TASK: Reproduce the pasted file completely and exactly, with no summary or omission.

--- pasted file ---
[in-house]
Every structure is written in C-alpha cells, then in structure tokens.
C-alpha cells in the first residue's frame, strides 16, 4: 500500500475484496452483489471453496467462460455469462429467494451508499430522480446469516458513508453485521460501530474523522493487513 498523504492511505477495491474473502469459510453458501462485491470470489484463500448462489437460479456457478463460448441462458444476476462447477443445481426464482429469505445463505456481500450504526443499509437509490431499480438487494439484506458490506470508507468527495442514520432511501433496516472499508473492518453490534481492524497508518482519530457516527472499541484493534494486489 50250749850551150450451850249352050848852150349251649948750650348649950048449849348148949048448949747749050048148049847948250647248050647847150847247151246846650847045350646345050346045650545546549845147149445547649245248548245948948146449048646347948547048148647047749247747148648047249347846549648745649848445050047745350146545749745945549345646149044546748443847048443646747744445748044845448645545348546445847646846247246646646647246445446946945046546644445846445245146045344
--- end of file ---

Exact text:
[in-house]
Every structure is written in C-alpha cells, then in structure tokens.
C-alpha cells in the first residue's frame, strides 16, 4: 500500500475484496452483489471453496467462460455469462429467494451508499430522480446469516458513508453485521460501530474523522493487513 498523504492511505477495491474473502469459510453458501462485491470470489484463500448462489437460479456457478463460448441462458444476476462447477443445481426464482429469505445463505456481500450504526443499509437509490431499480438487494439484506458490506470508507468527495442514520432511501433496516472499508473492518453490534481492524497508518482519530457516527472499541484493534494486489 50250749850551150450451850249352050848852150349251649948750650348649950048449849348148949048448949747749050048148049847948250647248050647847150847247151246846650847045350646345050346045650545546549845147149445547649245248548245948948146449048646347948547048148647047749247747148648047249347846549648745649848445050047745350146545749745945549345646149044546748443847048443646747744445748044845448645545348546445847646846247246646646647246445446946945046546644445846445245146045344